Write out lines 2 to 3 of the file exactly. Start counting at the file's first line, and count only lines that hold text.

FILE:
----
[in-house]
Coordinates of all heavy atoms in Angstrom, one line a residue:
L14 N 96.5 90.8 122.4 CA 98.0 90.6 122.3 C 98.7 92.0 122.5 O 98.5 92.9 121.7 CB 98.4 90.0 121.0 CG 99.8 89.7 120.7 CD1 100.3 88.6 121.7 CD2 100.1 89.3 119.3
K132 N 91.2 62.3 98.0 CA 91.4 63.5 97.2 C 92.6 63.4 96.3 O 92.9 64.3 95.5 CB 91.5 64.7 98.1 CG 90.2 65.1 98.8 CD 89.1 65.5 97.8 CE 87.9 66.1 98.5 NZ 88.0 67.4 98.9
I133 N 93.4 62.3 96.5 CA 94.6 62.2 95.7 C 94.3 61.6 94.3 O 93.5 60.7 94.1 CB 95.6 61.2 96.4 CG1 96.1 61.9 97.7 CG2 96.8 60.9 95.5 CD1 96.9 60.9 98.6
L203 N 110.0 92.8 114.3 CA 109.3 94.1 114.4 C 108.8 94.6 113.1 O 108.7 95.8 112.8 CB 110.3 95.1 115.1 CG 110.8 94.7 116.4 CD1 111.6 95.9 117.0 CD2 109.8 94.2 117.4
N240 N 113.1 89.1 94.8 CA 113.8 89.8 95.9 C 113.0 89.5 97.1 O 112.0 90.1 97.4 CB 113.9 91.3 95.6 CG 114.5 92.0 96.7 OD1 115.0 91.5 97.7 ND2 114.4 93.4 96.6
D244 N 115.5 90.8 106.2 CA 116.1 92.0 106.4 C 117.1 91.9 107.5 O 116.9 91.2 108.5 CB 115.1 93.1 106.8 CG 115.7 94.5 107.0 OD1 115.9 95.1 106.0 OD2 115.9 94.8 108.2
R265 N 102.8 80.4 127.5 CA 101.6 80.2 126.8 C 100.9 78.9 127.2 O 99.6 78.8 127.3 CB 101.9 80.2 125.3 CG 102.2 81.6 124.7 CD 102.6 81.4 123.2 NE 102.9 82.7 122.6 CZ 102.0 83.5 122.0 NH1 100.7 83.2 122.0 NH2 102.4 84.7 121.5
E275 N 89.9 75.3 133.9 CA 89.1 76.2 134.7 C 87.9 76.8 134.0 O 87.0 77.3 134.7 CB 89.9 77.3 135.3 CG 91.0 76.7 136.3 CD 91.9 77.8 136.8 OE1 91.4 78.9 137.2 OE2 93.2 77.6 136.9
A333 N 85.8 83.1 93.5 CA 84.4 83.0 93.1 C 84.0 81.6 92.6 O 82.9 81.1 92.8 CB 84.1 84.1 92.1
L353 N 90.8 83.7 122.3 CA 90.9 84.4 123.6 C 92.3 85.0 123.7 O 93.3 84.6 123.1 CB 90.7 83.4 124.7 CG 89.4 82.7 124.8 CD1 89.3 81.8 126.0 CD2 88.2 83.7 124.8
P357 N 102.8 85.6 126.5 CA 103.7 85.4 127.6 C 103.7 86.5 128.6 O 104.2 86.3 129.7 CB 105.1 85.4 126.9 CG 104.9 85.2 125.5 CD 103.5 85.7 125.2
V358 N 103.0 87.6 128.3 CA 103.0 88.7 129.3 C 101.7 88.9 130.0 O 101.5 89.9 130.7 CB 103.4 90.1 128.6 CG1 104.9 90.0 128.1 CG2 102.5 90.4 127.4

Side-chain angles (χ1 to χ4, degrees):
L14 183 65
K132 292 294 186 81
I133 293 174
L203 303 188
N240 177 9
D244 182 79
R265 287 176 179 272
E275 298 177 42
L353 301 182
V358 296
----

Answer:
Coordinates of all heavy atoms in Angstrom, one line a residue:
L14 N 96.5 90.8 122.4 CA 98.0 90.6 122.3 C 98.7 92.0 122.5 O 98.5 92.9 121.7 CB 98.4 90.0 121.0 CG 99.8 89.7 120.7 CD1 100.3 88.6 121.7 CD2 100.1 89.3 119.3